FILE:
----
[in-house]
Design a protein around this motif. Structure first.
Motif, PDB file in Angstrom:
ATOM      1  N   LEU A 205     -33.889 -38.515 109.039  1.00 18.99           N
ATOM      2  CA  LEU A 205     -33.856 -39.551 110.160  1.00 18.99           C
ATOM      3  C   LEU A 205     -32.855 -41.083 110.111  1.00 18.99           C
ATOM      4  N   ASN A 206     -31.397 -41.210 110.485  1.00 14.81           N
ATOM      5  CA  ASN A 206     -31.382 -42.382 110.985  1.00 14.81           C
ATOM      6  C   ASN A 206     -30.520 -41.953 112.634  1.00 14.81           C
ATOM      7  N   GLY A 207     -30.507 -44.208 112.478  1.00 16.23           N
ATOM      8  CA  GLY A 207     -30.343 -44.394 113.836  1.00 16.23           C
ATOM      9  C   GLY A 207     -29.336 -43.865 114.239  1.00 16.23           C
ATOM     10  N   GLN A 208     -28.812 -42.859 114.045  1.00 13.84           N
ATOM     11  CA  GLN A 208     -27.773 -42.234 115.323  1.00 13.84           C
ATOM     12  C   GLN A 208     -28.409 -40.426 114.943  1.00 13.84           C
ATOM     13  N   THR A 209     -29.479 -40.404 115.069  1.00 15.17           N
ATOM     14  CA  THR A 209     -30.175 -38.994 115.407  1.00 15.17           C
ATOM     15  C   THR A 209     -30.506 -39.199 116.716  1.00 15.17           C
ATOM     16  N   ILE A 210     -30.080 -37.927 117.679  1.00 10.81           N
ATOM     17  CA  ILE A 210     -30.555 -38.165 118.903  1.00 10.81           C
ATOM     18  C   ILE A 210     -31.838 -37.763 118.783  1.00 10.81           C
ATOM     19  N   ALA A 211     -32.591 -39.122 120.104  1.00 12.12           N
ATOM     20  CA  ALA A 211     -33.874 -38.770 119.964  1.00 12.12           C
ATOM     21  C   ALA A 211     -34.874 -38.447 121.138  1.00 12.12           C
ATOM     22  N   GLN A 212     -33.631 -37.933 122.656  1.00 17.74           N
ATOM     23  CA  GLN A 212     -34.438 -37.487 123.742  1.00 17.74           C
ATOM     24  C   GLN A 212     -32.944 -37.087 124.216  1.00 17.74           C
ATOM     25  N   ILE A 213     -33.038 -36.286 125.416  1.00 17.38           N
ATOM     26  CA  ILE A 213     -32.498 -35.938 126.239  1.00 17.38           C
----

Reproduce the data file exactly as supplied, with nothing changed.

[in-house]
Design a protein around this motif. Structure first.
Motif, PDB file in Angstrom:
ATOM      1  N   LEU A 205     -33.889 -38.515 109.039  1.00 18.99           N
ATOM      2  CA  LEU A 205     -33.856 -39.551 110.160  1.00 18.99           C
ATOM      3  C   LEU A 205     -32.855 -41.083 110.111  1.00 18.99           C
ATOM      4  N   ASN A 206     -31.397 -41.210 110.485  1.00 14.81           N
ATOM      5  CA  ASN A 206     -31.382 -42.382 110.985  1.00 14.81           C
ATOM      6  C   ASN A 206     -30.520 -41.953 112.634  1.00 14.81           C
ATOM      7  N   GLY A 207     -30.507 -44.208 112.478  1.00 16.23           N
ATOM      8  CA  GLY A 207     -30.343 -44.394 113.836  1.00 16.23           C
ATOM      9  C   GLY A 207     -29.336 -43.865 114.239  1.00 16.23           C
ATOM     10  N   GLN A 208     -28.812 -42.859 114.045  1.00 13.84           N
ATOM     11  CA  GLN A 208     -27.773 -42.234 115.323  1.00 13.84           C
ATOM     12  C   GLN A 208     -28.409 -40.426 114.943  1.00 13.84           C
ATOM     13  N   THR A 209     -29.479 -40.404 115.069  1.00 15.17           N
ATOM     14  CA  THR A 209     -30.175 -38.994 115.407  1.00 15.17           C
ATOM     15  C   THR A 209     -30.506 -39.199 116.716  1.00 15.17           C
ATOM     16  N   ILE A 210     -30.080 -37.927 117.679  1.00 10.81           N
ATOM     17  CA  ILE A 210     -30.555 -38.165 118.903  1.00 10.81           C
ATOM     18  C   ILE A 210     -31.838 -37.763 118.783  1.00 10.81           C
ATOM     19  N   ALA A 211     -32.591 -39.122 120.104  1.00 12.12           N
ATOM     20  CA  ALA A 211     -33.874 -38.770 119.964  1.00 12.12           C
ATOM     21  C   ALA A 211     -34.874 -38.447 121.138  1.00 12.12           C
ATOM     22  N   GLN A 212     -33.631 -37.933 122.656  1.00 17.74           N
ATOM     23  CA  GLN A 212     -34.438 -37.487 123.742  1.00 17.74           C
ATOM     24  C   GLN A 212     -32.944 -37.087 124.216  1.00 17.74           C
ATOM     25  N   ILE A 213     -33.038 -36.286 125.416  1.00 17.38           N
ATOM     26  CA  ILE A 213     -32.498 -35.938 126.239  1.00 17.38           C